Only one university in the UK has a gender pay gap that favours women academics, figures reveal.
A survey of pay by the University and College Union shows that the University of the Arts, London, is the only institution where the average woman academic earns more than the average man, with a 1.2 per cent gap in their favour. This compares with the overall gap between average male and female academics' earnings of 14.1 per cent.
Pay gaps by institution range from 0.3 per cent through to 30.3 per cent. A third have a gap of more than 15 per cent. Ranked from the smallest pay gap to the largest, new universities dominate the top positions, while old universities have the biggest pay disparities. England has the narrowest gap (13.8 per cent), and Wales the widest (16.6 per cent).
Figures show that over the past ten years the gap has narrowed. Average pay for females was about 15 per cent behind that of male colleagues, but there has been a relatively steady decline from 15.6 per cent in 1999-2000 to 14.1 per cent in 2005-06. Jocelyn Prudence, chief executive of the Universities and Colleges Employers Association, said: "Good progress is being made in reducing the gender pay gap, but we recognise there is more to do."
UCU and the Equal Opportunities Commission warned that progress was far too slow.
Sally Hunt, UCU general secretary, said if the pay gap continued to narrow at the current rate many female staff in universities would reach retirement before achieving parity with male staff.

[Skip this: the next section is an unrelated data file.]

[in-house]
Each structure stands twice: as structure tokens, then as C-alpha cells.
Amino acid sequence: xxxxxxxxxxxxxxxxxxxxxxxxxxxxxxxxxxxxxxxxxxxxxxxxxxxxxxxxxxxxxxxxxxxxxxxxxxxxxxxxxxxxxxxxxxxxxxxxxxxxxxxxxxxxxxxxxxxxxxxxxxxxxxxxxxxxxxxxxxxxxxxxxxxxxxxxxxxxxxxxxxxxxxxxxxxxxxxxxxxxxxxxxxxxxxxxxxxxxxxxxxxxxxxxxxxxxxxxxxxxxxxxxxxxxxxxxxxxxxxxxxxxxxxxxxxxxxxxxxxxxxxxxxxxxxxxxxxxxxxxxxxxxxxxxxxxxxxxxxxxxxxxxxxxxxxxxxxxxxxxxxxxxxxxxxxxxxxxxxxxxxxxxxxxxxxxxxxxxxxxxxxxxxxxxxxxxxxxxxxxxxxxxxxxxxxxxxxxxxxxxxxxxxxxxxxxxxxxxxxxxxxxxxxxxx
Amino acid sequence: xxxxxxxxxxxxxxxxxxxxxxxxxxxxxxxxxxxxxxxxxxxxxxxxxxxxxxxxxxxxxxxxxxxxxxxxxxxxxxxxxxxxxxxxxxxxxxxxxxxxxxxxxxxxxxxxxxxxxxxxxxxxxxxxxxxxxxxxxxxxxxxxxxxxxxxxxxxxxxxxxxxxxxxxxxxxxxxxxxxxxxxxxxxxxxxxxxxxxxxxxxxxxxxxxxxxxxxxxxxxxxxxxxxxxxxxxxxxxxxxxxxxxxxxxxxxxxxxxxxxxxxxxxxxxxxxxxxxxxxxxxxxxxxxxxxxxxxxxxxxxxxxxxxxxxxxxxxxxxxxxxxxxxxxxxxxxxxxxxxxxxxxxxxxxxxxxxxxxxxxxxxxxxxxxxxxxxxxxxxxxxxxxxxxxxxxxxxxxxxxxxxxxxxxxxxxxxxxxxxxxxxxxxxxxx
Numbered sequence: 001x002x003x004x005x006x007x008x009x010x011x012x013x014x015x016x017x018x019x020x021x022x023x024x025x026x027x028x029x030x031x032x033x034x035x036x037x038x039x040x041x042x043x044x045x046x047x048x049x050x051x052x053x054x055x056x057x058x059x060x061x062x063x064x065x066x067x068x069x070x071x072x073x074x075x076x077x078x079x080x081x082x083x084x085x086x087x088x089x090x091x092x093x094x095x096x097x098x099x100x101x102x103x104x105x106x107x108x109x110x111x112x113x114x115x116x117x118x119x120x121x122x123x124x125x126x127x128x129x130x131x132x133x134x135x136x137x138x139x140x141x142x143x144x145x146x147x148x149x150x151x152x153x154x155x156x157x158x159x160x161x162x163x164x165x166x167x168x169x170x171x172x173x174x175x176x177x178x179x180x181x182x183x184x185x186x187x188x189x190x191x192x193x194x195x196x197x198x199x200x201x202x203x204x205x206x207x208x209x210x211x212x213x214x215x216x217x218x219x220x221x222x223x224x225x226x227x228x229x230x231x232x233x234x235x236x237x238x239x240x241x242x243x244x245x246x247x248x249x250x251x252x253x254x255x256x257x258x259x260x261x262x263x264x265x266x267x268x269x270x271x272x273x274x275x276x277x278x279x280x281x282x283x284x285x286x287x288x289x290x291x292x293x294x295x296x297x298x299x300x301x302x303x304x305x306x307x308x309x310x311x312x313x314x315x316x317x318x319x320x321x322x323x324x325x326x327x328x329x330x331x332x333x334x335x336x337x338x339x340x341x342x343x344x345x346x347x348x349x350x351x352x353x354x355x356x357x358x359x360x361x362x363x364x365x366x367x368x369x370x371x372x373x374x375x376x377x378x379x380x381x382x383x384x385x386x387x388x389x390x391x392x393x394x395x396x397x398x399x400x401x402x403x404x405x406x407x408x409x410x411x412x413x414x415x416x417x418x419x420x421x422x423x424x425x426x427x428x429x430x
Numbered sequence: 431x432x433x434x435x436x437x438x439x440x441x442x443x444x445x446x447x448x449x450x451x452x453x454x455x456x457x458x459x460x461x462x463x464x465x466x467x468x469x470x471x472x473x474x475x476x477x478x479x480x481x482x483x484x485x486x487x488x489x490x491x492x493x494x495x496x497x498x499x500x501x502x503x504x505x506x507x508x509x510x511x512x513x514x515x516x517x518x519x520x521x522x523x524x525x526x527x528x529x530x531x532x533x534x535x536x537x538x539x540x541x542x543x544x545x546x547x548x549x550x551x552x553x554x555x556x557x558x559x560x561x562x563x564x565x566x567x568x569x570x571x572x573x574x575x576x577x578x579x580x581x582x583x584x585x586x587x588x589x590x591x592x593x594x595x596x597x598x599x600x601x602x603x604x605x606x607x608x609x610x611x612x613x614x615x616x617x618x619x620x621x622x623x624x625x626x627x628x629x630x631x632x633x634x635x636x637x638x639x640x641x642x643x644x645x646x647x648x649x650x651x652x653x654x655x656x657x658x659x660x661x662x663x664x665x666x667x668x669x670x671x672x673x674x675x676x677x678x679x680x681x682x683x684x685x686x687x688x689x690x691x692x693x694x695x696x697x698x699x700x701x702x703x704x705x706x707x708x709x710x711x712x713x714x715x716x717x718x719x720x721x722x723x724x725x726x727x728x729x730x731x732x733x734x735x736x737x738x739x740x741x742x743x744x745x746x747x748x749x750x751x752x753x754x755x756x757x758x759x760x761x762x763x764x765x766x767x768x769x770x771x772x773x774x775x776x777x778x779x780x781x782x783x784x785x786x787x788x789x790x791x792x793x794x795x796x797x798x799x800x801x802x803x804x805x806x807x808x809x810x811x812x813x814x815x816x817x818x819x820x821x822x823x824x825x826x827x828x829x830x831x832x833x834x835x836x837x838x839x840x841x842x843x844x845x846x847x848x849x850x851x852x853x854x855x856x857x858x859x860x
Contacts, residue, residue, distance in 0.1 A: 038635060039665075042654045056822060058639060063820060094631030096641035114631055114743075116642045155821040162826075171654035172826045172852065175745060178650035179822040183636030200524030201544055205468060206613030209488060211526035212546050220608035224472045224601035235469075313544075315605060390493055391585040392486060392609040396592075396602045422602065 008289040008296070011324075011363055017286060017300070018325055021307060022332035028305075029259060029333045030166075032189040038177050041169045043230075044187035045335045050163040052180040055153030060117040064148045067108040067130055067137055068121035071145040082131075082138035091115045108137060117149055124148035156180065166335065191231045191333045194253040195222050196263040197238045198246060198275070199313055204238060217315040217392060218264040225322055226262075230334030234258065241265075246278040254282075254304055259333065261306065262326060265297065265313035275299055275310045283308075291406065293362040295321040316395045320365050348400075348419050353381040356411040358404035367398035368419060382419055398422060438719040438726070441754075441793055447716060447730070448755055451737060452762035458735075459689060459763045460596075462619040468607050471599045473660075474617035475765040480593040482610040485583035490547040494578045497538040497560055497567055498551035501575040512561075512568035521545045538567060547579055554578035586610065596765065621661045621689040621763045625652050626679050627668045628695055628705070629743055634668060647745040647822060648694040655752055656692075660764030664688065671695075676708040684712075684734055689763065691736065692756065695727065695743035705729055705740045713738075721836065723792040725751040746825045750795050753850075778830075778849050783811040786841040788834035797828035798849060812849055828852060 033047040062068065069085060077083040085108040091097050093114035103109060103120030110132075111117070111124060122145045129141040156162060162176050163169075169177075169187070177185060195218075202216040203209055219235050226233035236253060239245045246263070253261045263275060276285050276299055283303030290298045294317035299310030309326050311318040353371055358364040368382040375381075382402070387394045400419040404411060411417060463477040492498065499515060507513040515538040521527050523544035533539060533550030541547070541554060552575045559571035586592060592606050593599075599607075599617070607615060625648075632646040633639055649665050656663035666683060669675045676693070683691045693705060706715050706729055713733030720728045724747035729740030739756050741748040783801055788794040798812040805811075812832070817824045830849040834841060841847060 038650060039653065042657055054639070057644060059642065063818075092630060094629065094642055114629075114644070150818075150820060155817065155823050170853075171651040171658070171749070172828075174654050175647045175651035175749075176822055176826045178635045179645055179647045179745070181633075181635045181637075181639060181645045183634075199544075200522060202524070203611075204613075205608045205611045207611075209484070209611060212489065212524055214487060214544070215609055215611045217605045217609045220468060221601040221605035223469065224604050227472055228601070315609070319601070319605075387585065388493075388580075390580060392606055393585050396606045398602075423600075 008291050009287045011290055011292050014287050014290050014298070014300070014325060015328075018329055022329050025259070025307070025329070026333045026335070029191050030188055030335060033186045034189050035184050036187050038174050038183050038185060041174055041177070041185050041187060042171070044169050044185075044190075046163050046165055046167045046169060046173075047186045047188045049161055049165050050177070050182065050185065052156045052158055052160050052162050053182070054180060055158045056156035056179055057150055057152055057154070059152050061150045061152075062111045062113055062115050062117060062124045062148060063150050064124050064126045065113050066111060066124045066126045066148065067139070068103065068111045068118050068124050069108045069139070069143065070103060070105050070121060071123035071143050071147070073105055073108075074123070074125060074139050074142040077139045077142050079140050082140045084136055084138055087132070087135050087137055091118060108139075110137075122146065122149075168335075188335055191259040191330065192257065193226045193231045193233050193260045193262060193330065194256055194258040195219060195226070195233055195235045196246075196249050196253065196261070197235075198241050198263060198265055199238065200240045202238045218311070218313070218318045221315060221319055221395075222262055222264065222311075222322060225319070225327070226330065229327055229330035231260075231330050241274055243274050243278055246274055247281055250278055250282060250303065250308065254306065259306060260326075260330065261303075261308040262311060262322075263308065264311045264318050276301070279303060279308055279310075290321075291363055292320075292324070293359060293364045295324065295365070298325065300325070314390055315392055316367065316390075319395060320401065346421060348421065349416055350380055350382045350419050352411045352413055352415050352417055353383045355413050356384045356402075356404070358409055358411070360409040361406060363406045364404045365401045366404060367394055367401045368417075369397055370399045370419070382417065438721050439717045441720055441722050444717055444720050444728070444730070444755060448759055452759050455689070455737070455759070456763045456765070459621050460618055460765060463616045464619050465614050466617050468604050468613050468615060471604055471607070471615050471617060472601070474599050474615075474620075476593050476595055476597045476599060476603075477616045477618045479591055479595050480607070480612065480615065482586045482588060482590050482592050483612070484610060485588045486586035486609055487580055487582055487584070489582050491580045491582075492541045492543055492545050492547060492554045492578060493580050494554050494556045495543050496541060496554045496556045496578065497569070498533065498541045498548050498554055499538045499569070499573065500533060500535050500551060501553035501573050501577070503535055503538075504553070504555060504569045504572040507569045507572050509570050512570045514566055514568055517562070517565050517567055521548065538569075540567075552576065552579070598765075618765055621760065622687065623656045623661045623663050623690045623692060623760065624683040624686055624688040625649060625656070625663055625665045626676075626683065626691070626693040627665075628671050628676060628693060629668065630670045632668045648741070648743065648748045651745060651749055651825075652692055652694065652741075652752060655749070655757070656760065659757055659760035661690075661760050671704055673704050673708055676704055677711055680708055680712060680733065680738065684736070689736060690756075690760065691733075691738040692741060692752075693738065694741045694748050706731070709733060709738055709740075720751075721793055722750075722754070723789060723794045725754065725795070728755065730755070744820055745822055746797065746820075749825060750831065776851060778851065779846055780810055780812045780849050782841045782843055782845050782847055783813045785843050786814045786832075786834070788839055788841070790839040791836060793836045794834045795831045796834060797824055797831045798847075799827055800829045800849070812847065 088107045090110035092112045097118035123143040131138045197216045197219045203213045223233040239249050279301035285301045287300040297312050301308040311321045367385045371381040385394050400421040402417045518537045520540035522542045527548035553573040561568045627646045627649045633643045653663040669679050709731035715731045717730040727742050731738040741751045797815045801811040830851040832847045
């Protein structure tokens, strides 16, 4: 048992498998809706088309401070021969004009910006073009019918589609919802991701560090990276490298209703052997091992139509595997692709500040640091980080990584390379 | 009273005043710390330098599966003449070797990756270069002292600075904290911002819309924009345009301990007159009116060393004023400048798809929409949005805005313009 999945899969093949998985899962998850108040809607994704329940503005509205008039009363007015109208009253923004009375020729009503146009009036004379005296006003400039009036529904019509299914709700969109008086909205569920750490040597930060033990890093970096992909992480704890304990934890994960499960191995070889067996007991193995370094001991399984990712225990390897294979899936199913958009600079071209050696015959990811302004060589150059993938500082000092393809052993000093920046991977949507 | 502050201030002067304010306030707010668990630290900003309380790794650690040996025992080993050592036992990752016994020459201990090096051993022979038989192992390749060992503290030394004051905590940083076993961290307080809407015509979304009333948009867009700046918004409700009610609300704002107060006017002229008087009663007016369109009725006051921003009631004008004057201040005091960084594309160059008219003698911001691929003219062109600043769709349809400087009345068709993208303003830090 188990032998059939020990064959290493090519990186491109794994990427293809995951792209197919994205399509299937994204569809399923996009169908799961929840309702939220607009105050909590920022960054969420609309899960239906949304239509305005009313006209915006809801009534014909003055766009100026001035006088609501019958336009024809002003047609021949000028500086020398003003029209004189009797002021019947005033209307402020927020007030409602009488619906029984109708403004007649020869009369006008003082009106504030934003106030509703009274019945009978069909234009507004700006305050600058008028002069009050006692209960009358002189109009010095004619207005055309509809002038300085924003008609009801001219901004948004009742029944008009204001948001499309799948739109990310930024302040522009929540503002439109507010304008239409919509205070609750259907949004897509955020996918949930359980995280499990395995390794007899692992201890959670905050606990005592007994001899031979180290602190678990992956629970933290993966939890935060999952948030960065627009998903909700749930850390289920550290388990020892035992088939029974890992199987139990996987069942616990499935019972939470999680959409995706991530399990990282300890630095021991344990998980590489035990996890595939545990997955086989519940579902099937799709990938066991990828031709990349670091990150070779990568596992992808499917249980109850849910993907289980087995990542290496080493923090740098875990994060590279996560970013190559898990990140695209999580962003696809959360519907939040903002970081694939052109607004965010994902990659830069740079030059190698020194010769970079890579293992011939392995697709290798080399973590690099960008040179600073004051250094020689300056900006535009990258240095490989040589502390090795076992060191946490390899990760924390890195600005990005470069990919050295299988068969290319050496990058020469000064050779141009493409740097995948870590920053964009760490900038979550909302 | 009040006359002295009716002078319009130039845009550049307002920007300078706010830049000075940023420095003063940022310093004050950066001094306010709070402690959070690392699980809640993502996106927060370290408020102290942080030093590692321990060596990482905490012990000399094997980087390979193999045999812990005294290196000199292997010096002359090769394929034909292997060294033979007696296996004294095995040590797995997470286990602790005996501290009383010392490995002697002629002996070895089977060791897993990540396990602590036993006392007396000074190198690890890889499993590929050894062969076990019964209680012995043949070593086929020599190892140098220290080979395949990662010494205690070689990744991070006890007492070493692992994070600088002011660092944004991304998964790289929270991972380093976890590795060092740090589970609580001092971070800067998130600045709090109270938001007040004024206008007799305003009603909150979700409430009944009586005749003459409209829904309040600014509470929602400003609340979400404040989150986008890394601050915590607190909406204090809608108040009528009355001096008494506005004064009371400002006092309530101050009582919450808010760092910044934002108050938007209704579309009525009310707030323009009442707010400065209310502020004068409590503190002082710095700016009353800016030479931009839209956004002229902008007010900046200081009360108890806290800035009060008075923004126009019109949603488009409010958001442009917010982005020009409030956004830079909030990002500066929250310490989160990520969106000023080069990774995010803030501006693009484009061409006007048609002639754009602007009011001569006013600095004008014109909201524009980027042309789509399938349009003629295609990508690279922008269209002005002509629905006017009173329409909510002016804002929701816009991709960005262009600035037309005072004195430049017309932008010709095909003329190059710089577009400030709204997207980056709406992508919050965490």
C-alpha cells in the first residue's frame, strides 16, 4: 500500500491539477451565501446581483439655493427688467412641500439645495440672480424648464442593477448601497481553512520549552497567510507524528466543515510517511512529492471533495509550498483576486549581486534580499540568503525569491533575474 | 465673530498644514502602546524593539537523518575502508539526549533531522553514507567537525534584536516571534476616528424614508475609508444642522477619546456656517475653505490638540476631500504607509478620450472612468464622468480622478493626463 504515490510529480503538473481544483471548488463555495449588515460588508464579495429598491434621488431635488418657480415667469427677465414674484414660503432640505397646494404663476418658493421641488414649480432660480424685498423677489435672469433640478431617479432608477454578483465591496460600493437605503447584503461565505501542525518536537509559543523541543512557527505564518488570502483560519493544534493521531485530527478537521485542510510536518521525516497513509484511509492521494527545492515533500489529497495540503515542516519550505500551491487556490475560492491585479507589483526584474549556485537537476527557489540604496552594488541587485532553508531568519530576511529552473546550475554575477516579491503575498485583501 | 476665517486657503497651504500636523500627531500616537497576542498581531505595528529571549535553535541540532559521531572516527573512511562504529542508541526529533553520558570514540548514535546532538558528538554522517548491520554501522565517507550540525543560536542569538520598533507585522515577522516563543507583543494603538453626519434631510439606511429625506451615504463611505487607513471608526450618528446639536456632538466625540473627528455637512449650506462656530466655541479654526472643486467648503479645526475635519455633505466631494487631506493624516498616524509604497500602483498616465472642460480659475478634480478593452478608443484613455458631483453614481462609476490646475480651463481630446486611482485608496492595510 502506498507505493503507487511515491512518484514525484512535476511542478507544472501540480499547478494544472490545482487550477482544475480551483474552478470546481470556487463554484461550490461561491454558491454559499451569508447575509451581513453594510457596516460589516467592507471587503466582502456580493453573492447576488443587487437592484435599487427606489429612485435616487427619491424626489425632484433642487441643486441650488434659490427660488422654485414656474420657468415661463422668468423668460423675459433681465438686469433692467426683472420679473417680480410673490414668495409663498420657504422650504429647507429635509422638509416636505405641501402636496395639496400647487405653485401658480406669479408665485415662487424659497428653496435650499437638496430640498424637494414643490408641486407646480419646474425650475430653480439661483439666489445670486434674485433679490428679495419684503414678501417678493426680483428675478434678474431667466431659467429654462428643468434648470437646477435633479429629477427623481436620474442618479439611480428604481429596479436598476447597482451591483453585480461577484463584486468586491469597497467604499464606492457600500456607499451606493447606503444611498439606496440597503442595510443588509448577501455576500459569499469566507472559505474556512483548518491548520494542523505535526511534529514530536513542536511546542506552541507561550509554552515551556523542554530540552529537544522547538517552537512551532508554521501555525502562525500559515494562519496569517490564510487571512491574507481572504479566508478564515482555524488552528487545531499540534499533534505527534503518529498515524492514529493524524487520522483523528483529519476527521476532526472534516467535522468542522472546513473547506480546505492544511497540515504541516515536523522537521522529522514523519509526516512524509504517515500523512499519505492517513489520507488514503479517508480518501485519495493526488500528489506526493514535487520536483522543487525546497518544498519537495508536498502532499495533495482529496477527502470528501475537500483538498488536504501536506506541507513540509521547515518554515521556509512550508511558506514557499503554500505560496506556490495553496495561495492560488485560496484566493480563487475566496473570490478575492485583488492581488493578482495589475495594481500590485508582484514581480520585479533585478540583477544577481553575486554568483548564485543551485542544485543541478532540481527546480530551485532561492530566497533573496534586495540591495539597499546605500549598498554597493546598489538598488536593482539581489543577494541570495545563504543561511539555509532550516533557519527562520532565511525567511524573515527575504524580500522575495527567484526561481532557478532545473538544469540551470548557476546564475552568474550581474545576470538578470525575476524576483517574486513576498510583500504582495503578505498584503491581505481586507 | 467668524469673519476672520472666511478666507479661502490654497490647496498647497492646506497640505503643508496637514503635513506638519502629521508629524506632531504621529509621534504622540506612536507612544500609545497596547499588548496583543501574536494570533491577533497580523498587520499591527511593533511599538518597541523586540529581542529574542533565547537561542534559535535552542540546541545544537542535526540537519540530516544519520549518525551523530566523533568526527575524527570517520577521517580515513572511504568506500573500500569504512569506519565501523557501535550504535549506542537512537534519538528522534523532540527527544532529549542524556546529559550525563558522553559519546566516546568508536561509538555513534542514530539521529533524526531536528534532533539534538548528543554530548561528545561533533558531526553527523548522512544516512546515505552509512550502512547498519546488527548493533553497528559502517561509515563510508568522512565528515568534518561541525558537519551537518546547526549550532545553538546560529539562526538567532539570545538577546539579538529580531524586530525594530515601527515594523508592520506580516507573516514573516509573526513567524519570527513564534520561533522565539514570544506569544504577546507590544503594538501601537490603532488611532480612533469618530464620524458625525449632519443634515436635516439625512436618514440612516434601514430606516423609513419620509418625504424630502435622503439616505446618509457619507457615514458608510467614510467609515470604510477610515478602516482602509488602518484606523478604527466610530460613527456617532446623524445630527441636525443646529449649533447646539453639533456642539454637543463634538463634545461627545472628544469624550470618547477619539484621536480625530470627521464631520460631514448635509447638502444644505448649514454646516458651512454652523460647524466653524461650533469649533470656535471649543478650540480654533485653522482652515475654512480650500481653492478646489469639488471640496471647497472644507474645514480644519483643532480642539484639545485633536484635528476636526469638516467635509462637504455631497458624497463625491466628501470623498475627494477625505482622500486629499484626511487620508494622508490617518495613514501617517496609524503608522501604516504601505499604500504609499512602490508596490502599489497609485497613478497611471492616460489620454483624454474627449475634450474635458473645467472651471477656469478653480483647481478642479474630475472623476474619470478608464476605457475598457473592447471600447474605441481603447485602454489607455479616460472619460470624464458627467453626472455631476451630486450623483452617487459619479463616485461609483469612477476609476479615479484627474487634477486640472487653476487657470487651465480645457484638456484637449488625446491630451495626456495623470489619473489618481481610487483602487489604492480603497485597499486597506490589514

"The UCU welcomes the news that the gender pay gap is finally starting to narrow overall. However, discrepancies remain. Despite a narrowing gap, we cannot escape the fact that women continue to be paid less than their male counterparts," she said. "Universities need to act now to ensure it is not just the children or grandchildren of current staff that benefit from hard-fought battles over pay equality."
But she said the survey did not yet show the overall impact of the pay framework agreement of 2004, a major aim of which was to achieve equal pay for work of equal value through the use of job evaluation. Most universities started to implement the agreement in August 2006.
Caroline Slocock, chief executive of the EOC, warned that legislation introduced in April meant that all universities would now need to show they were taking action on pay, because all were now subject to the Gender Equality Duty. Ms Slocock said: "While the gender pay gap between full-time academics seems to be slowly narrowing, 32 years after the Equal Pay Act came into effect, the pace of change is simply not fast enough."
The EOC said it would be looking for all higher education institutions to include clear objectives and take action to tackle the major causes of the gender pay gap within gender equality schemes.